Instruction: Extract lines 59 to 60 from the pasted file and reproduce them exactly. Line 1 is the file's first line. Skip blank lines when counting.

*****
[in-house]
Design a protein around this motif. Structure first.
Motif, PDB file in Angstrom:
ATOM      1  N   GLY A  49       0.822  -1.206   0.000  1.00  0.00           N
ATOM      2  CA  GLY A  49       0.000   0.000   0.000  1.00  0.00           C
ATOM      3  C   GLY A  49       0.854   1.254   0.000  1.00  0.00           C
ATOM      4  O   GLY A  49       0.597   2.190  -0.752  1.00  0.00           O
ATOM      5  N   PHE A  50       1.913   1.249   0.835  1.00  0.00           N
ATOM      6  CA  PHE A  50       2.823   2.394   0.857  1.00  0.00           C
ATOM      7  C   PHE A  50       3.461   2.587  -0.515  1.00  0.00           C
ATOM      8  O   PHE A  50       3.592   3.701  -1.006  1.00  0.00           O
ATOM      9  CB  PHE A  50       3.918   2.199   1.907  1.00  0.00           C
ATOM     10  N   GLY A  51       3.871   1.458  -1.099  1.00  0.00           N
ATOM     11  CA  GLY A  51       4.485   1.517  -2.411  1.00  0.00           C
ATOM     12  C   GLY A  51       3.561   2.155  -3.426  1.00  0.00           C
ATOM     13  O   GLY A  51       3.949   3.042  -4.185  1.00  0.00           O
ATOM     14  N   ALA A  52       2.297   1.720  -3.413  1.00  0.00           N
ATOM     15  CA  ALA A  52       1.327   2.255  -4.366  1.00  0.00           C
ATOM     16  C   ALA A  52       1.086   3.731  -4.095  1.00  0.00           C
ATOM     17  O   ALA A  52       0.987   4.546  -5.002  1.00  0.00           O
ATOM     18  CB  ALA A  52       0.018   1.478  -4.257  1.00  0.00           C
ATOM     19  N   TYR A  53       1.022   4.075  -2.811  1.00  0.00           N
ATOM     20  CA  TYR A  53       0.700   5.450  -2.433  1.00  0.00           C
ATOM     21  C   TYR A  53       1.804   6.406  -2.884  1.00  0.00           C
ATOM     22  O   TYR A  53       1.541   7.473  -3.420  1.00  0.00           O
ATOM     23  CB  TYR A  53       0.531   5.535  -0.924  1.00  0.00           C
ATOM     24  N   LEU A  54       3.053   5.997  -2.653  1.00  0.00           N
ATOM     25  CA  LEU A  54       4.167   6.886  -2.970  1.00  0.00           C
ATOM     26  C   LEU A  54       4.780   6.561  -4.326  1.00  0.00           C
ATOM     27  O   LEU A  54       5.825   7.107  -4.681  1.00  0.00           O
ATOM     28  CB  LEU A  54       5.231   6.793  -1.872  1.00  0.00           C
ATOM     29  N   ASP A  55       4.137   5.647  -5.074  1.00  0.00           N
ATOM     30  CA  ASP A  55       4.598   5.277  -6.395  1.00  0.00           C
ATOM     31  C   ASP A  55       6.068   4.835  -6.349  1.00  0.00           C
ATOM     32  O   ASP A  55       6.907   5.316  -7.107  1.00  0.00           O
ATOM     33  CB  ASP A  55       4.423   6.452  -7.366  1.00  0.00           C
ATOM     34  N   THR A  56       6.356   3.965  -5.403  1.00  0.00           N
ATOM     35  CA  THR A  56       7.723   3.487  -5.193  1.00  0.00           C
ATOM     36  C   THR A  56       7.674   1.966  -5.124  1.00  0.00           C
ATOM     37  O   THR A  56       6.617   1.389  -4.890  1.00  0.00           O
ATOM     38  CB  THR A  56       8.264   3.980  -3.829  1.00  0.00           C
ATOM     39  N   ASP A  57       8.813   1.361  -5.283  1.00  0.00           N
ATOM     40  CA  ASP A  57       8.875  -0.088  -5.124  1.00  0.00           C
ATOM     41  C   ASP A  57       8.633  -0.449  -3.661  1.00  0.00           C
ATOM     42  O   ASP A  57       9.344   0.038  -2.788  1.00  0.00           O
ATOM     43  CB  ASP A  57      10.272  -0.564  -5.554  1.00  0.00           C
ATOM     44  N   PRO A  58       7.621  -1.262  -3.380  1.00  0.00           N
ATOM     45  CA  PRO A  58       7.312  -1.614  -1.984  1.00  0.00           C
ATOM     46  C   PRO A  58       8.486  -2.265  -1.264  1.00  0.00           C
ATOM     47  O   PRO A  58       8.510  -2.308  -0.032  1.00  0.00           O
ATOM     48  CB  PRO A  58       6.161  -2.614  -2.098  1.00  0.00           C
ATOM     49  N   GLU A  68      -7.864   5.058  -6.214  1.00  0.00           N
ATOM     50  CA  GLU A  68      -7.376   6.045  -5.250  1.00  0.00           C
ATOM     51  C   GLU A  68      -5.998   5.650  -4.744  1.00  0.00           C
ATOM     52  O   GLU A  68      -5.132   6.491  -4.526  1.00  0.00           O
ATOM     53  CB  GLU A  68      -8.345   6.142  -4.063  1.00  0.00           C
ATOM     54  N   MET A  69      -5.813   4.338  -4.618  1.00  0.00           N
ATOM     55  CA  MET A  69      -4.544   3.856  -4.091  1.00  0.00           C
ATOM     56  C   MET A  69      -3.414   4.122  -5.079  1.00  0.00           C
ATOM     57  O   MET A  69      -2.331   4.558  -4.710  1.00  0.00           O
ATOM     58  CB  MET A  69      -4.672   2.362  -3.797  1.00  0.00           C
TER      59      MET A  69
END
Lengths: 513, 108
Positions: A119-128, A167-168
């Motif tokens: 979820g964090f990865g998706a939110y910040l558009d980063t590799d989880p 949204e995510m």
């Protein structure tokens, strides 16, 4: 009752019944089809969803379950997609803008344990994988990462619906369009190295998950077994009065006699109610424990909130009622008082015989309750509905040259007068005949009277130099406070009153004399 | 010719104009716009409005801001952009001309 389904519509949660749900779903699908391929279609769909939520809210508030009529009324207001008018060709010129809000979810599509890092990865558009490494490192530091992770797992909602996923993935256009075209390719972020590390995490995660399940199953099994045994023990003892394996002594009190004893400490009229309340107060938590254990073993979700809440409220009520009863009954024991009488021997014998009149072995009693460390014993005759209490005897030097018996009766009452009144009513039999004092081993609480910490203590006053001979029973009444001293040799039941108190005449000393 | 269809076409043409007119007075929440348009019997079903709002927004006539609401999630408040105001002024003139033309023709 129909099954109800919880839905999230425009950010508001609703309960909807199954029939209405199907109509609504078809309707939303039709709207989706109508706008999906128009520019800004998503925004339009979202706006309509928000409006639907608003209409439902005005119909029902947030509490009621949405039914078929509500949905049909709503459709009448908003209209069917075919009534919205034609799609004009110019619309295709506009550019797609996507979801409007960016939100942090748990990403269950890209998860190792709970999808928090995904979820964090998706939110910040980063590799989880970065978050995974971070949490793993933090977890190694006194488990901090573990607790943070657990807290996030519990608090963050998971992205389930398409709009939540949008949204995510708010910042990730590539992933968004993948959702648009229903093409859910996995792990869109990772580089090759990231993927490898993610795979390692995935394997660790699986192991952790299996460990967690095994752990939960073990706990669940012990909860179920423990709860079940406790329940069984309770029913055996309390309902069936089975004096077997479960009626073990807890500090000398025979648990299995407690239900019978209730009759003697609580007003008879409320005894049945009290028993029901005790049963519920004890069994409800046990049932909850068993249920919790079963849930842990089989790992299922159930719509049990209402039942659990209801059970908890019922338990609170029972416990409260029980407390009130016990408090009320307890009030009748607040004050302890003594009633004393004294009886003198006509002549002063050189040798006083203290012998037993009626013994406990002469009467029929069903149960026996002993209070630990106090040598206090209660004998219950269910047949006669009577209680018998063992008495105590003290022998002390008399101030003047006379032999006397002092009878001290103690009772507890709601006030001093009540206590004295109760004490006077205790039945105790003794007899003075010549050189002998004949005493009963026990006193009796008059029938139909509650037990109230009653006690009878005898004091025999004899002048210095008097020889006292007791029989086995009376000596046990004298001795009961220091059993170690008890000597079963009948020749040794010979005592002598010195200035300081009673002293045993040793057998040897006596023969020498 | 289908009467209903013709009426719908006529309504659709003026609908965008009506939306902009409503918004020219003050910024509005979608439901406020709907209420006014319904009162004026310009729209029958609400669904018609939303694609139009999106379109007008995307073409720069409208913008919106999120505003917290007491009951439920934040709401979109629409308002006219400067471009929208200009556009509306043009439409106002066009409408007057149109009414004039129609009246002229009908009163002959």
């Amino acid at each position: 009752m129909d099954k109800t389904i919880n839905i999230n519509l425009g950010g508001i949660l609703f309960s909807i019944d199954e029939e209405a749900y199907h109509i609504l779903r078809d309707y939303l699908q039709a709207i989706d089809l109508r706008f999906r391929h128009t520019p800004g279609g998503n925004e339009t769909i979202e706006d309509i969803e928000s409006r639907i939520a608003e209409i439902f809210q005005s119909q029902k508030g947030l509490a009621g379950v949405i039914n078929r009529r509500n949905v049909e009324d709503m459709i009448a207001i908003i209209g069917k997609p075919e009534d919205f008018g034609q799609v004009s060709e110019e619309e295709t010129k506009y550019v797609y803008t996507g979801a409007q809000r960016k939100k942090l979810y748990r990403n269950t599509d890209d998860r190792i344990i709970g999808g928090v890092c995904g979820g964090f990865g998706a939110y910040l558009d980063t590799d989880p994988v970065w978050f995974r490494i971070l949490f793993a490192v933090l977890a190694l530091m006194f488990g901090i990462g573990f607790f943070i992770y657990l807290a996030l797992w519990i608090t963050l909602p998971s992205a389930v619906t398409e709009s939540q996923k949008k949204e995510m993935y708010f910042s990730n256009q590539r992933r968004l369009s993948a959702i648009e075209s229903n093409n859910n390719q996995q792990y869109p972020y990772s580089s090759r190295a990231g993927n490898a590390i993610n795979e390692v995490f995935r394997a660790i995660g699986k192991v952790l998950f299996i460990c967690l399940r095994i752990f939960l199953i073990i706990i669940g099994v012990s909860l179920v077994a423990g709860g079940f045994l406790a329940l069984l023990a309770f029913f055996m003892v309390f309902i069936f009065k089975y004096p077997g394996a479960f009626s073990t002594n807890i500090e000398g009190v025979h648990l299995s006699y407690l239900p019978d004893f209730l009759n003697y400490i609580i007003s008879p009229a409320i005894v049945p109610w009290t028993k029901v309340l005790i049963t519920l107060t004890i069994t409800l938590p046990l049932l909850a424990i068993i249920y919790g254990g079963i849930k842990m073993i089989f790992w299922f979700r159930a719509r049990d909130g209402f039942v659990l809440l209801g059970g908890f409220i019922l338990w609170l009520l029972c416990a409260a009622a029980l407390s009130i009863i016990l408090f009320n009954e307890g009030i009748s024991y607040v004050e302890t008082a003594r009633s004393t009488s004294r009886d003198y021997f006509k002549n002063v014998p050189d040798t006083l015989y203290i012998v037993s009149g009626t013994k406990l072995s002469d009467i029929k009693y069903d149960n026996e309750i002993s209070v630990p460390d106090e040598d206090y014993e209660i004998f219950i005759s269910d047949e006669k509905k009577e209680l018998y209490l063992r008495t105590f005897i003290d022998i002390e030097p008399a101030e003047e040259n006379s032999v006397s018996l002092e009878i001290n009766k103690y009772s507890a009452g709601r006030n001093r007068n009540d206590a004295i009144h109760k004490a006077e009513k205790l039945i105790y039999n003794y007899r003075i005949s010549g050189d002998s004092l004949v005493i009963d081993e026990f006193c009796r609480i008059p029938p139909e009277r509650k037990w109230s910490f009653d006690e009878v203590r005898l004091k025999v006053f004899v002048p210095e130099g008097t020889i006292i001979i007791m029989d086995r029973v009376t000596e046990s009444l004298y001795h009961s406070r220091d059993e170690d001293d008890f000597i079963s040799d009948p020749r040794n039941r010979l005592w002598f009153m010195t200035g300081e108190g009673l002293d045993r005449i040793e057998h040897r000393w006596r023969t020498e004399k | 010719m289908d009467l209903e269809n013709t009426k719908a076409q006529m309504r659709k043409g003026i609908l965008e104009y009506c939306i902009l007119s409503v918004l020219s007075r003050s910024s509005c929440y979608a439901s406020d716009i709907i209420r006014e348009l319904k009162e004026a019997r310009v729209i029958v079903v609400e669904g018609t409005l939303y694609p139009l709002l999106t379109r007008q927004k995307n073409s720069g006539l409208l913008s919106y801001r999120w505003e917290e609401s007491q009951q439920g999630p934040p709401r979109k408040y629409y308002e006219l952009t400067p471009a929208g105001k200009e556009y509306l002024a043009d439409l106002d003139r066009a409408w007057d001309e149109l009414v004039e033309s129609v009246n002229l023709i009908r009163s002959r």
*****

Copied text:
ATOM     56  C   MET A  69      -3.414   4.122  -5.079  1.00  0.00           C
ATOM     57  O   MET A  69      -2.331   4.558  -4.710  1.00  0.00           O